Monday, June 25, 2012
Why the Supreme Court Decision on Health Care Reform “Doesn’t Really Matter”.
At Forbes online, Dr. Bob Kocher and Dr. Mohit Kaushal argue why the Supreme Court decision on health care reform “doesn’t really matter”.
Find this article here: http://www.forbes.com/sites/kerryadolan/2012/06/20/why-the-supreme-court-decision-on-health-care-reform-doesnt-really-matter/
Here’s where things stand as we hear it from the many media sources: If the Court upholds the Affordable Care Act in its entirety, this will be seen as a positive for the President. If the Court strikes down some or all of law down could be a boon for the Republicans and Governor Romney’s campaign. Whatever the outcome, much punditry will follow.
The doctors write that the current and likely subsequent debate misses one essential fact: “the Supreme Court’s decision does not matter as much as political pundits think.”
The American healthcare system is in the midst of intense experimentation and change that cannot, and will not be stalled by the whims of the judicial system.
The major forces behind the changes in our healthcare system are “rising costs, an older, sicker population and technological innovation,” and these show no signs of abating and do not depend on Federal legislation. Instead, they are fuelled by private sector demand, not “policy preferences” coming out of Washington.
So, according to the doctors, “while coverage may not come as soon as hoped for the uninsured, the systemic efforts to make our health system more affordable and higher quality will continue.”
Here are the things to look for:
Some changes, like the widespread replacement of paper records by electronic medical records, are visible from a patient’s-eye-view.
Other changes, such as changes in the relationship between insurers and hospitals are not immediately visible, but are “potentially even more profound.”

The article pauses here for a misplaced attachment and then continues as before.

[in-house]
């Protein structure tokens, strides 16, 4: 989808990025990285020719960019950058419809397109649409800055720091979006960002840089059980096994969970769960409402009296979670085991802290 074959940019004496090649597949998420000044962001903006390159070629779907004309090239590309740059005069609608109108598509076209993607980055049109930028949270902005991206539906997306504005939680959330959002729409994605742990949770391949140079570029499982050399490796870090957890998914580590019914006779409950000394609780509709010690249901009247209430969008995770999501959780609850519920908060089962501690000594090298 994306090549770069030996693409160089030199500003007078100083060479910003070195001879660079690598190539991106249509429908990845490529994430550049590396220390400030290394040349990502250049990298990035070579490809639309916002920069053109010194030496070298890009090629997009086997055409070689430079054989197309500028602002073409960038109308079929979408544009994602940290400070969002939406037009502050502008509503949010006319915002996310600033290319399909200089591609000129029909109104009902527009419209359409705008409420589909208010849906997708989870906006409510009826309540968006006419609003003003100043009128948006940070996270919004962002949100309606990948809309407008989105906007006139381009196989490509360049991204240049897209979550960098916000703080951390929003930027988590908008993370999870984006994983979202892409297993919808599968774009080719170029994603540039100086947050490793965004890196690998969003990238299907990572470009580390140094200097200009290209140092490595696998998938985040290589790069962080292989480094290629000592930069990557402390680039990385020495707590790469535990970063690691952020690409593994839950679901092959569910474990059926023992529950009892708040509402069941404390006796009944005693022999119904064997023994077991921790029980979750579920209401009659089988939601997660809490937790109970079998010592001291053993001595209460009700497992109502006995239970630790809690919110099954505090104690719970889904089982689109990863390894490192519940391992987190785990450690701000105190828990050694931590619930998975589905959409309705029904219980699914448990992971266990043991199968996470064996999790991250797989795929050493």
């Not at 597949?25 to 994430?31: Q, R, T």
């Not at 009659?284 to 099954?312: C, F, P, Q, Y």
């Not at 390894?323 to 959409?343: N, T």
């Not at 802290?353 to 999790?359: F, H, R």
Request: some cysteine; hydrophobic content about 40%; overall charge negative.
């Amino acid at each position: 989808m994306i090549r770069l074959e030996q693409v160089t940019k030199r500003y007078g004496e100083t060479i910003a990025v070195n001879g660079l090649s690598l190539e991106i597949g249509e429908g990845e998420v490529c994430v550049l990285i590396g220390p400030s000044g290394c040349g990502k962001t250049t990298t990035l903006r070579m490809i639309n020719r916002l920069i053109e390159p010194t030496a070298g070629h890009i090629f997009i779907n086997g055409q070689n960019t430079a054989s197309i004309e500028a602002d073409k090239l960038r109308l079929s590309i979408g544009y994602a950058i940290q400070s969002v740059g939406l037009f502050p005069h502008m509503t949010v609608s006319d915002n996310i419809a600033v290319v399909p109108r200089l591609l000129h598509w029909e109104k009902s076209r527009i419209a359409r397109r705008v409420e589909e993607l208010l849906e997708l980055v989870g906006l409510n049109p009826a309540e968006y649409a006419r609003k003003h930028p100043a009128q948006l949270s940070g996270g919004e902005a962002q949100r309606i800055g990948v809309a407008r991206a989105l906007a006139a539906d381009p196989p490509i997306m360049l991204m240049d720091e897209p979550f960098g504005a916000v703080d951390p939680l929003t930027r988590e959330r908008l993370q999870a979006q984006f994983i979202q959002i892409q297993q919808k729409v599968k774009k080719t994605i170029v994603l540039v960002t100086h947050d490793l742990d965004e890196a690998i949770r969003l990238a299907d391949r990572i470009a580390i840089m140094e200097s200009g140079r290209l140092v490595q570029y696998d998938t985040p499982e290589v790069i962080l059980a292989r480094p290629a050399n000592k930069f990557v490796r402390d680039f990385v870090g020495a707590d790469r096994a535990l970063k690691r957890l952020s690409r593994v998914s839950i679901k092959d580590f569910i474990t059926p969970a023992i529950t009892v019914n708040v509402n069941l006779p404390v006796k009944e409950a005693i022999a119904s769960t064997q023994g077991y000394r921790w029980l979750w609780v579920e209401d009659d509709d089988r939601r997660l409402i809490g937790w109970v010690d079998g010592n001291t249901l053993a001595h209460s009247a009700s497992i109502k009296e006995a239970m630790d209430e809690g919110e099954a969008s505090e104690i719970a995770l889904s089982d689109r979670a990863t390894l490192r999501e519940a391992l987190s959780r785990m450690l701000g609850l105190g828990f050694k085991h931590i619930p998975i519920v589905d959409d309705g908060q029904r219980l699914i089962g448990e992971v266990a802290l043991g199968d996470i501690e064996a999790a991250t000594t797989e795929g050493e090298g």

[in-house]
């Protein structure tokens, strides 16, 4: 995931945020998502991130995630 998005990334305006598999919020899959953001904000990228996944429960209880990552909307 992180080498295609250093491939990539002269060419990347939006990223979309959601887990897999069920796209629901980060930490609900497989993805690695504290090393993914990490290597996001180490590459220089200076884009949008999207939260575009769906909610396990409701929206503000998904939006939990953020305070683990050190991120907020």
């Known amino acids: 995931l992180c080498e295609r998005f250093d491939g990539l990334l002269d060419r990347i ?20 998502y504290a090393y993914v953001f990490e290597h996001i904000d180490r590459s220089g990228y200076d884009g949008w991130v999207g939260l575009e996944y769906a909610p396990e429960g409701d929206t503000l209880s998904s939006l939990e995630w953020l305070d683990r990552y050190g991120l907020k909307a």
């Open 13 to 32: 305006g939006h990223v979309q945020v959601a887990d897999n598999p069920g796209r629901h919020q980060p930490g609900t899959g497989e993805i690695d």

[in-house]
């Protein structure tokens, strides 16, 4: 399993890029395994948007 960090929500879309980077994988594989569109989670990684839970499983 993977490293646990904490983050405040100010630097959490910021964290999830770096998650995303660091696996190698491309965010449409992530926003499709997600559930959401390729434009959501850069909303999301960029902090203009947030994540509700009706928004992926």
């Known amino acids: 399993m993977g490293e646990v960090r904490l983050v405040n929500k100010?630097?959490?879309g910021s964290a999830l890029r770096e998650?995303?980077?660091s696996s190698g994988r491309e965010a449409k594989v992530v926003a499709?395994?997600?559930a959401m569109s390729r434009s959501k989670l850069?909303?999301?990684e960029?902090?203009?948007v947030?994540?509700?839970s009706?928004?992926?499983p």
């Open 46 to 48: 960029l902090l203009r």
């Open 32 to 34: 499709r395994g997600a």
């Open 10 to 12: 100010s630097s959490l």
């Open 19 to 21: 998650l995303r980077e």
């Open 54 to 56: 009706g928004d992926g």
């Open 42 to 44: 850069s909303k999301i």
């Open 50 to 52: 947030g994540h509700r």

Some of the most important changes involve the financing of health care.
In the traditional way of doing business, insurers pay hospitals and physicians under a “fee for service” system – where providers are paid for the quantity of medical services provided, regardless of the outcome. HMOs grew in the 1990s in an attempt to fix these incentives, but patients hated their HMOs because they restricted choice without proving that they were delivering better care.
The current wave of experimentation, such as bundled payments for “episodes” of care, accountable care organizations (ACOs), and new penalties for excessive hospital readmissions are all tactics to try to fix these misaligned incentives and aim to cut costs and improve care for the patient, while preserving choice.
And here is what we don’t hear: Insurers such as United Healthcare, the nation’s largest private insurer, as well as Aetna and Humana, have pledged to follow many of the regulations anticipated under the ACA even if the law is repealed.
The doctors also note that even with congressional gridlock, CMS is driving innovation at the federal level, using its authority to experiment with a variety of demonstration projects that do not require congressional approval. Example: the current project to award bonus payments to Medicare Advantage plans which score well on the program’s Star rating system for providing better and more cost effective care.
There is also experimentation at the state level. Eighteen states representing 42% of the US population are in the process or have already laid the legislative groundwork to establish health insurance exchanges – creating a marketplace for individuals to purchase health insurance.
Again, here’s what we don’t often hear: “Many of these states, including California, have indicated that they plan to continue with the exchanges regardless of the Supreme Court’s decision.”
Finally, the doctors report that patient attitudes are also changing. Patients are increasingly worried about the costs of their care and taking steps to control it. “This means that they are more likely to scrutinize their health insurance benefits and opt for high-deductible health plans (HDHP). While attitudes can be slow to change, the inexorable force of the millions of patients choosing health plans that reward shopping for lower cost and better quality care will not be stymied by the Supreme Court’s ruling.”
The doctors conclude: “So while it is uncertain how the Supreme Court will rule, or how the ruling will impact November’s results, it is a certainty that our health system will continue on the path of more affordability, more integrated care, and more focus on patients because consumers are demanding these changes. These unassailable trends are led by the private sector and, if anything, will accelerate regardless of the Supreme Court’s views of the meaning of the Commerce Clause. Moreover, since the private sector contributes virtually all the profitability in the health system, it is a force far more powerful than politicians.”